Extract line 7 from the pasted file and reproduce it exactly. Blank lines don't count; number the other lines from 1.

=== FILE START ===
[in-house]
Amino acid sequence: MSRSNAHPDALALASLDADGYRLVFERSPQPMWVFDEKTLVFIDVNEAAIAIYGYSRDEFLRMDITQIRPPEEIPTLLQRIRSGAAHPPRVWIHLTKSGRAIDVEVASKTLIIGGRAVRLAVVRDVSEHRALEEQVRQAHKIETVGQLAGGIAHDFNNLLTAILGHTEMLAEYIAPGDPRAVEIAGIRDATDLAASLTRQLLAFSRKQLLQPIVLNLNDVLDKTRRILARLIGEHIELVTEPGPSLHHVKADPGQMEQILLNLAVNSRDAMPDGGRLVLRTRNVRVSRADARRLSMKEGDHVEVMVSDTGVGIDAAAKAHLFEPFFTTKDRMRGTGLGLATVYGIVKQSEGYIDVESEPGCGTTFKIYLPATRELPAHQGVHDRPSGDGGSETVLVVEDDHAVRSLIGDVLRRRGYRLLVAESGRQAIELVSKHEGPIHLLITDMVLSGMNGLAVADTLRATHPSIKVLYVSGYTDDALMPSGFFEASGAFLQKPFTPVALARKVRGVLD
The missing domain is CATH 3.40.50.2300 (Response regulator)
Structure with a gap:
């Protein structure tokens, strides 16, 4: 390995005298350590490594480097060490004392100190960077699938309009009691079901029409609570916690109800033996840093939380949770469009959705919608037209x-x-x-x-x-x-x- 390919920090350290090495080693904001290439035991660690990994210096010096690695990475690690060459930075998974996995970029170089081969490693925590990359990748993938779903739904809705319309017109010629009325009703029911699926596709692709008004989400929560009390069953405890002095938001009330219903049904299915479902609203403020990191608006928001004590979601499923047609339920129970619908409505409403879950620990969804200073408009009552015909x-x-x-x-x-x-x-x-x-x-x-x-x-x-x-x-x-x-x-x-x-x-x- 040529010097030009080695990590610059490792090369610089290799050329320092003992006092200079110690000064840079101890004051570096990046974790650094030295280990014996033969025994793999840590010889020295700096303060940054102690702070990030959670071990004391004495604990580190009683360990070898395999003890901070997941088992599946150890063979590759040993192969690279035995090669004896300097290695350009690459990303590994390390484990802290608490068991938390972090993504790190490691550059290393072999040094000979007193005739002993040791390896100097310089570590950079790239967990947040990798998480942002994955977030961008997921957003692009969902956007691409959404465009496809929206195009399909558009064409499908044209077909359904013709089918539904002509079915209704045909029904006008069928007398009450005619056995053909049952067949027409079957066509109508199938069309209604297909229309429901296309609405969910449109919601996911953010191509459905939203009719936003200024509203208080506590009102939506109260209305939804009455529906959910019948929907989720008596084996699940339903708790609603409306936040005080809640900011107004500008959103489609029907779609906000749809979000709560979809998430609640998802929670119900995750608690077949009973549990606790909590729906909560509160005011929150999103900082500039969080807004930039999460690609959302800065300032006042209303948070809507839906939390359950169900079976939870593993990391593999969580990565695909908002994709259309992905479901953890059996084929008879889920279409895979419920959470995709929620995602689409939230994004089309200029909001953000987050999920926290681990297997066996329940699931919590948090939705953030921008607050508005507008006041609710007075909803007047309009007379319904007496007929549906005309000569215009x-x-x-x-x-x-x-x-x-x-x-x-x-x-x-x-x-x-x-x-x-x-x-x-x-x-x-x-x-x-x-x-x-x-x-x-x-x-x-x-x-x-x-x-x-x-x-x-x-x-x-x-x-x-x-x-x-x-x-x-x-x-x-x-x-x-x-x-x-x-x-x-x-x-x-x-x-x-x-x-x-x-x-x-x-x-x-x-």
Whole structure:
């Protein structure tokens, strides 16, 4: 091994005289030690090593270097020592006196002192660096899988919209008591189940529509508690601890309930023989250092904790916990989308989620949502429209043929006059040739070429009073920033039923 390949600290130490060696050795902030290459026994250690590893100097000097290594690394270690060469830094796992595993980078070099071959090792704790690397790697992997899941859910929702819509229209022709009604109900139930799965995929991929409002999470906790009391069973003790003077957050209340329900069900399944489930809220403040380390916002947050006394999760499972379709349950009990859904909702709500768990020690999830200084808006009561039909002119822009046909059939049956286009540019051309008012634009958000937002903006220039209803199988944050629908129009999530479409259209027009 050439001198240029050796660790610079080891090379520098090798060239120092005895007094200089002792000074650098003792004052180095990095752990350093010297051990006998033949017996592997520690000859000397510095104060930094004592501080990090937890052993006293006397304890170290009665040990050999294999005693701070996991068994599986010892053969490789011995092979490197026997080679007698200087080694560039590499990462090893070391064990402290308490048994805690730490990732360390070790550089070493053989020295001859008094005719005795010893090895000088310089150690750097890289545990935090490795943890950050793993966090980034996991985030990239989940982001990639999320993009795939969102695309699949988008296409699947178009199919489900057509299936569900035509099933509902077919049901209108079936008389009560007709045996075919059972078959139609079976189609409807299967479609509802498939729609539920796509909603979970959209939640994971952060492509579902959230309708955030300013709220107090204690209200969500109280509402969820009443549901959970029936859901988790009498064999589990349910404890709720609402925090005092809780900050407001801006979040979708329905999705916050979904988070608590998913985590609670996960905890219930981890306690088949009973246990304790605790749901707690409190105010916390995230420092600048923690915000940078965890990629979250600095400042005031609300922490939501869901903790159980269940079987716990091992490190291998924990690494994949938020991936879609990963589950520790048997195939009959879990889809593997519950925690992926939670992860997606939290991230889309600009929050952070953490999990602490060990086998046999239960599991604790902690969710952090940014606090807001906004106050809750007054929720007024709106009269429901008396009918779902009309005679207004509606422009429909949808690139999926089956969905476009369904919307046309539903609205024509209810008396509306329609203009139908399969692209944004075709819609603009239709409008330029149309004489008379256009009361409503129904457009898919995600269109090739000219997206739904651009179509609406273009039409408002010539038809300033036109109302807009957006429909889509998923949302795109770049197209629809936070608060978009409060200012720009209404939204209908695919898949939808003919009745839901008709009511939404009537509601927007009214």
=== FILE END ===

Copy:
């Protein structure tokens, strides 16, 4: 091994005289030690090593270097020592006196002192660096899988919209008591189940529509508690601890309930023989250092904790916990989308989620949502429209043929006059040739070429009073920033039923 390949600290130490060696050795902030290459026994250690590893100097000097290594690394270690060469830094796992595993980078070099071959090792704790690397790697992997899941859910929702819509229209022709009604109900139930799965995929991929409002999470906790009391069973003790003077957050209340329900069900399944489930809220403040380390916002947050006394999760499972379709349950009990859904909702709500768990020690999830200084808006009561039909002119822009046909059939049956286009540019051309008012634009958000937002903006220039209803199988944050629908129009999530479409259209027009 050439001198240029050796660790610079080891090379520098090798060239120092005895007094200089002792000074650098003792004052180095990095752990350093010297051990006998033949017996592997520690000859000397510095104060930094004592501080990090937890052993006293006397304890170290009665040990050999294999005693701070996991068994599986010892053969490789011995092979490197026997080679007698200087080694560039590499990462090893070391064990402290308490048994805690730490990732360390070790550089070493053989020295001859008094005719005795010893090895000088310089150690750097890289545990935090490795943890950050793993966090980034996991985030990239989940982001990639999320993009795939969102695309699949988008296409699947178009199919489900057509299936569900035509099933509902077919049901209108079936008389009560007709045996075919059972078959139609079976189609409807299967479609509802498939729609539920796509909603979970959209939640994971952060492509579902959230309708955030300013709220107090204690209200969500109280509402969820009443549901959970029936859901988790009498064999589990349910404890709720609402925090005092809780900050407001801006979040979708329905999705916050979904988070608590998913985590609670996960905890219930981890306690088949009973246990304790605790749901707690409190105010916390995230420092600048923690915000940078965890990629979250600095400042005031609300922490939501869901903790159980269940079987716990091992490190291998924990690494994949938020991936879609990963589950520790048997195939009959879990889809593997519950925690992926939670992860997606939290991230889309600009929050952070953490999990602490060990086998046999239960599991604790902690969710952090940014606090807001906004106050809750007054929720007024709106009269429901008396009918779902009309005679207004509606422009429909949808690139999926089956969905476009369904919307046309539903609205024509209810008396509306329609203009139908399969692209944004075709819609603009239709409008330029149309004489008379256009009361409503129904457009898919995600269109090739000219997206739904651009179509609406273009039409408002010539038809300033036109109302807009957006429909889509998923949302795109770049197209629809936070608060978009409060200012720009209404939204209908695919898949939808003919009745839901008709009511939404009537509601927007009214």